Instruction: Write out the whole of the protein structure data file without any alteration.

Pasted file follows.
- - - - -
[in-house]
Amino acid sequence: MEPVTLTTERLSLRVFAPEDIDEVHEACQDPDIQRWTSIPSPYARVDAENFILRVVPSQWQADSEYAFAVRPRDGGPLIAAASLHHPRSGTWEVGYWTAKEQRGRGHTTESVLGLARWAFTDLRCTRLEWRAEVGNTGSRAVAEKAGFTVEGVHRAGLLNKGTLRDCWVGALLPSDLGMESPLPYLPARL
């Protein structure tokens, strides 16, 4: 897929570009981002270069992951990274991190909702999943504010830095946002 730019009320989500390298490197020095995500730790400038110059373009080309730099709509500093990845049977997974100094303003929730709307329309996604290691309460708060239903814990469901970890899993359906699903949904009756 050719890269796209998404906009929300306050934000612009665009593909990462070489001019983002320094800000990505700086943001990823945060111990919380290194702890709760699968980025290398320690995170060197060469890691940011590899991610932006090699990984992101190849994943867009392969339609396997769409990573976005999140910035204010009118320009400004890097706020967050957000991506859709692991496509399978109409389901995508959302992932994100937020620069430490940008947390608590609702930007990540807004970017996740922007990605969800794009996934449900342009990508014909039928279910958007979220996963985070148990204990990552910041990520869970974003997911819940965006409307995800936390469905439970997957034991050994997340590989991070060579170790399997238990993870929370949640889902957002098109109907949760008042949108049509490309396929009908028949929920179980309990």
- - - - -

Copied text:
[in-house]
Amino acid sequence: MEPVTLTTERLSLRVFAPEDIDEVHEACQDPDIQRWTSIPSPYARVDAENFILRVVPSQWQADSEYAFAVRPRDGGPLIAAASLHHPRSGTWEVGYWTAKEQRGRGHTTESVLGLARWAFTDLRCTRLEWRAEVGNTGSRAVAEKAGFTVEGVHRAGLLNKGTLRDCWVGALLPSDLGMESPLPYLPARL
């Protein structure tokens, strides 16, 4: 897929570009981002270069992951990274991190909702999943504010830095946002 730019009320989500390298490197020095995500730790400038110059373009080309730099709509500093990845049977997974100094303003929730709307329309996604290691309460708060239903814990469901970890899993359906699903949904009756 050719890269796209998404906009929300306050934000612009665009593909990462070489001019983002320094800000990505700086943001990823945060111990919380290194702890709760699968980025290398320690995170060197060469890691940011590899991610932006090699990984992101190849994943867009392969339609396997769409990573976005999140910035204010009118320009400004890097706020967050957000991506859709692991496509399978109409389901995508959302992932994100937020620069430490940008947390608590609702930007990540807004970017996740922007990605969800794009996934449900342009990508014909039928279910958007979220996963985070148990204990990552910041990520869970974003997911819940965006409307995800936390469905439970997957034991050994997340590989991070060579170790399997238990993870929370949640889902957002098109109907949760008042949108049509490309396929009908028949929920179980309990």